Missionary munchies in Swakopmund, Namibia


Originally uploaded by Mr_Chips

This old German colonial town in Namibia has one of the best cafes in Africa. I shall come to that cafe in a moment, but first I wanted to dwell on that beautiful mix of Europe and Africa. Here amidst the wildest most remote deserts in the world sits a slice of Saltzberg. Yes the Namib is wonderful and much as you might expect a desert to be – mostly sand and yet it has some of the most beautiful sand dunes. If you look closely though you will discover a whole range of flora and fauna that is unique to this fragile fragment of Africa. The lichens are engineered by nature to live in the desert gaining moisture from the morning fog that sweeps in from the Atlantic.
Up at the northern end of the namib where the yearly flow of the Kuiseb river stops the marching dunes in their tracks is a place called Homeb. It is possible to camp here (you need a permit). it is home to a people called the topenairs. They eke out a simple existence in this remote place and harvest the ground melons. They live in makeshift huts and look after the goats.
Then come into town and sit in a cafe surrounded by German speaking people eating coffee and apple strudel and you can see the extremes of cultures.
But enjoy it whilst you are here. Revel in the ornate architecture. a few years ago you could walk down Kaiser Wilmhelm strasse but now it is Nelson Mandela street or similar- which is the price of progress but I hate the passing of the old and quaint.
The first time I drove to Swakopmund from Botswana with Dave. He came out from England and in the three weeks that he was with me we drove to the eastern highlands of Zimbabwe and then to the west coast of Namibia. i wanted to show him everything in his time here . He must have been exhausted. Anyway, we drove across the Caprivi strip and then down across the namib. It was hot and dusty and we vowed to run straight into sea when we arrived. However, we hadn’t taken into account the Benguela current that runs up the west coast and makes the sea cold and causes a fog to rise which means that at that time of year Swakopmund was as cold as a wet weekend in Brighton and the sea had lost its charm. To make matters worse there was no room at the inn! Swakop was full. We had to set up camp at what was prosaically known as mile 14. A cold and windswept place only made bearable by a jolly nature warden with a pipe who gave an amusing talk about the natural history. We embarrassed ourselves by falling into a giggling fit on the rocky benches at the back.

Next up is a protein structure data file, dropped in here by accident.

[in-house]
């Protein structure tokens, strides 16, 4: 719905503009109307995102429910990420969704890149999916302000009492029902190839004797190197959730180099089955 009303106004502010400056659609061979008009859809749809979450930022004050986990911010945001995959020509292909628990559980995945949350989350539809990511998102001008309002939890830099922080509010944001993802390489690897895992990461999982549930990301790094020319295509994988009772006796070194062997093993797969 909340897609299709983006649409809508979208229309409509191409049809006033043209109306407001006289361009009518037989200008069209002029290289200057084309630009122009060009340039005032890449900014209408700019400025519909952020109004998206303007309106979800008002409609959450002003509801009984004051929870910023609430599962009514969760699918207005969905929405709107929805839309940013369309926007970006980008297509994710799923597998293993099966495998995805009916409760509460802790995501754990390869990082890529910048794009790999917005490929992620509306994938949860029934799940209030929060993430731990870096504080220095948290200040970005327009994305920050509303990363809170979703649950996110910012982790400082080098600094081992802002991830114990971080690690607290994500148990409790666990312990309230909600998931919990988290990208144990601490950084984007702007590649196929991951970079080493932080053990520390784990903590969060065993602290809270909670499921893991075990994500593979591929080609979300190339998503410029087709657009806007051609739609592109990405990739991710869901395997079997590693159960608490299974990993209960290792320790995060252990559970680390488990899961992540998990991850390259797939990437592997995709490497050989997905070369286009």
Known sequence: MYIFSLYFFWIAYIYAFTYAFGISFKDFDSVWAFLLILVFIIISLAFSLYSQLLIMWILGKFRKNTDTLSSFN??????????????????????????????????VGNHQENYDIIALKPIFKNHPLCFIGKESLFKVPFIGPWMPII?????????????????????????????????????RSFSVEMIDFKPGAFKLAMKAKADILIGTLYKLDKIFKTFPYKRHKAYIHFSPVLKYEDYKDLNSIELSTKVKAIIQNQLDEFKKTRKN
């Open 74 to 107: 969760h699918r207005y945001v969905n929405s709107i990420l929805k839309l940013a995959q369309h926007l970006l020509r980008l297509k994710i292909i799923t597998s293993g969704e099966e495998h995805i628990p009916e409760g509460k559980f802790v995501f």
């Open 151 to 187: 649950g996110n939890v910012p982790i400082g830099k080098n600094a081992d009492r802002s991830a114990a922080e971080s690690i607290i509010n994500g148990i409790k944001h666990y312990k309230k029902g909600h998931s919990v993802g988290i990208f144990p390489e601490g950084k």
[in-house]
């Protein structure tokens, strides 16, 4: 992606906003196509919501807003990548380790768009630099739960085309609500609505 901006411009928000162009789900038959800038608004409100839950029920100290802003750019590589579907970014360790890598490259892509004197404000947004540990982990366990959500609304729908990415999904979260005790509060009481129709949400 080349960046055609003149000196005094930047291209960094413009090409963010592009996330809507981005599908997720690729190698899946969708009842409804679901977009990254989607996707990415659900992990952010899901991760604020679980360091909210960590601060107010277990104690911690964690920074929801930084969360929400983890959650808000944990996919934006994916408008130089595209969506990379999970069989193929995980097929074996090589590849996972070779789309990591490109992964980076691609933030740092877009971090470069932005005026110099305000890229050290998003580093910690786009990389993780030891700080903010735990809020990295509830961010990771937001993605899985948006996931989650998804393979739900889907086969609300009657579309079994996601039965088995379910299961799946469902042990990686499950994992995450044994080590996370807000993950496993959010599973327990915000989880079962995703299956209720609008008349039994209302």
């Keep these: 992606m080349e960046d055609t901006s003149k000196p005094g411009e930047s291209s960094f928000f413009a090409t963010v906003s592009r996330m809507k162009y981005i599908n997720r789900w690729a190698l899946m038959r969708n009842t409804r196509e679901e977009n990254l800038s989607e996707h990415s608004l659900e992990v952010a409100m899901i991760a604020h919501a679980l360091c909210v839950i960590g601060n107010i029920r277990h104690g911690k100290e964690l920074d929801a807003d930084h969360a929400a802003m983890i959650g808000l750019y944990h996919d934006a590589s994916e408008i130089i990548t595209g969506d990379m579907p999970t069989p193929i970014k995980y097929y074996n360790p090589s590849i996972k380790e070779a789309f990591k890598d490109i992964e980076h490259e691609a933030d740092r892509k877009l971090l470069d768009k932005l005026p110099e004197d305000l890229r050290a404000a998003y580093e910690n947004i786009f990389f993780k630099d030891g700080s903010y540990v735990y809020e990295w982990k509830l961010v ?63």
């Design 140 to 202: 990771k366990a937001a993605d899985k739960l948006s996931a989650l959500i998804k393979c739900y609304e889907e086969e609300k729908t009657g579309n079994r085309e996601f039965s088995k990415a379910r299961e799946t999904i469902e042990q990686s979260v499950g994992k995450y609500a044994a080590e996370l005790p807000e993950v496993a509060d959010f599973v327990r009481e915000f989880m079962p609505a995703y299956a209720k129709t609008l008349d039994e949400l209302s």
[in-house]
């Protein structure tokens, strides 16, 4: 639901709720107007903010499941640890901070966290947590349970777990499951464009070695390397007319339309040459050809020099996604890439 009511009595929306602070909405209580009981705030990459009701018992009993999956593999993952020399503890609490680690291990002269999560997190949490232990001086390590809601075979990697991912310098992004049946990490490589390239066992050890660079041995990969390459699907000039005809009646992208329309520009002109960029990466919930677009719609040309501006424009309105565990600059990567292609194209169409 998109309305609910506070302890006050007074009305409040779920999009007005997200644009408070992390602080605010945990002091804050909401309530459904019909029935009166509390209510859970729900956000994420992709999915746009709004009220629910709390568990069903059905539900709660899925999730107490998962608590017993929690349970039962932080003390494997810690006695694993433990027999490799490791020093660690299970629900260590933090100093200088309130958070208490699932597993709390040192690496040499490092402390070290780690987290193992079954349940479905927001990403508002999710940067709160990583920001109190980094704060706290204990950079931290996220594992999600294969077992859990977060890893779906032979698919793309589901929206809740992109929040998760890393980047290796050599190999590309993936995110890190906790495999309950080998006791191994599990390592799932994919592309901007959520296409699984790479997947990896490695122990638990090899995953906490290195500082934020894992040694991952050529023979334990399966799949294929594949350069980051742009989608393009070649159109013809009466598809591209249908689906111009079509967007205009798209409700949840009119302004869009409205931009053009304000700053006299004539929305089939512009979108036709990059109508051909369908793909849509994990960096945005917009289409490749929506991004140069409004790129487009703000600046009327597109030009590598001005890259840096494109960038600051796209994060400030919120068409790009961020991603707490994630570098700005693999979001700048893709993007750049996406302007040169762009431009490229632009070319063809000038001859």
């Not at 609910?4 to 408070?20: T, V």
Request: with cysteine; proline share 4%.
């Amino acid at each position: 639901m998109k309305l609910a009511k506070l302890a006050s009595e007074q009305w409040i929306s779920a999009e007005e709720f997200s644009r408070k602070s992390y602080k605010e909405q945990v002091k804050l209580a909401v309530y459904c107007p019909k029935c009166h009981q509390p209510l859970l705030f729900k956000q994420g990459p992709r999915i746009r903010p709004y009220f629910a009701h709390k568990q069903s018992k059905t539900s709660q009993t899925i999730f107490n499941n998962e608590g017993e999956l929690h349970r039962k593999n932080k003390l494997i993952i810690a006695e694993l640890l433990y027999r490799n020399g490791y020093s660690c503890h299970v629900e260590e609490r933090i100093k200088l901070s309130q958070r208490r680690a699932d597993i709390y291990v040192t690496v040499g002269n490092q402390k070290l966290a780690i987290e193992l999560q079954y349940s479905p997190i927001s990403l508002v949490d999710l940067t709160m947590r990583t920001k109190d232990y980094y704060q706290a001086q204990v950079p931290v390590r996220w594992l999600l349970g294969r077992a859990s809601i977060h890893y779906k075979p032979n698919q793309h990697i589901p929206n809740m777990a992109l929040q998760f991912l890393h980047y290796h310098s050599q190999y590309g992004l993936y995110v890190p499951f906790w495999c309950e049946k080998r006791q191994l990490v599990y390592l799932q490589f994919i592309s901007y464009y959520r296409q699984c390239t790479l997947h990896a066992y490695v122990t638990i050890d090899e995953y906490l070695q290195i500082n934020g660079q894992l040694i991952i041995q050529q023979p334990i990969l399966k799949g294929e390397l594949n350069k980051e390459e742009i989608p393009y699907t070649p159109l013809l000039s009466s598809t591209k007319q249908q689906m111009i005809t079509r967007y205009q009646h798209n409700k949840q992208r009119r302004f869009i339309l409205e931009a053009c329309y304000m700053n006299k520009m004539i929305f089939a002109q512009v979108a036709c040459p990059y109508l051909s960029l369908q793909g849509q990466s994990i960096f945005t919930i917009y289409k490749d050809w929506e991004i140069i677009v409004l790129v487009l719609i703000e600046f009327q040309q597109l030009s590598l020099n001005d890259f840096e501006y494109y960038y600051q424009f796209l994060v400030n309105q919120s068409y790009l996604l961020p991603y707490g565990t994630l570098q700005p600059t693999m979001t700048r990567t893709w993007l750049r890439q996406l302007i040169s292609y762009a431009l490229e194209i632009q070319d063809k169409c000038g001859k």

So it was years later that I had time to explore the cafes properly.
Since then we have tried out all sorts of accommodation and eateries. Although staying at the Pension prinzessin-rupprecht-heim was very peaceful it doubles as an old peoples home so be prepared. Cafe Anton was very plush and their cafe is as glitzy as anything you would find in Vienna. No – my favourite is Pension Rapmund. Its simple but friendly. Lovely little courtyards with rooms adjacent. Breakfast is served in a pleasant room where everyone congregates in the morning. Be prepared for the German speaking. Although everyone speaks English as well I was greeting people with ‘Morgen’ and asking for an eye for my breakfast.
For coffee I like to go to Putensoen cafe treffpunkt on kaiser willhelm strasse. Its an old fashioned place and handy for the bookshop, opposite. The cakes are excellent.
For a more substantial meal try the Missionary Munchies at The African Cafe this is the best cafe. Sitting out on the pavement watching the world go by. Palm trees waft overhead and plenty of opportunity to sit and sketch all the cool guys in from the desert, sitting and relaxing like me. The coffee is served in large colourful cups that call out to be painted and the missionary munchies really fit a spot before hitting the road to drive back, sadly, to Windhoek.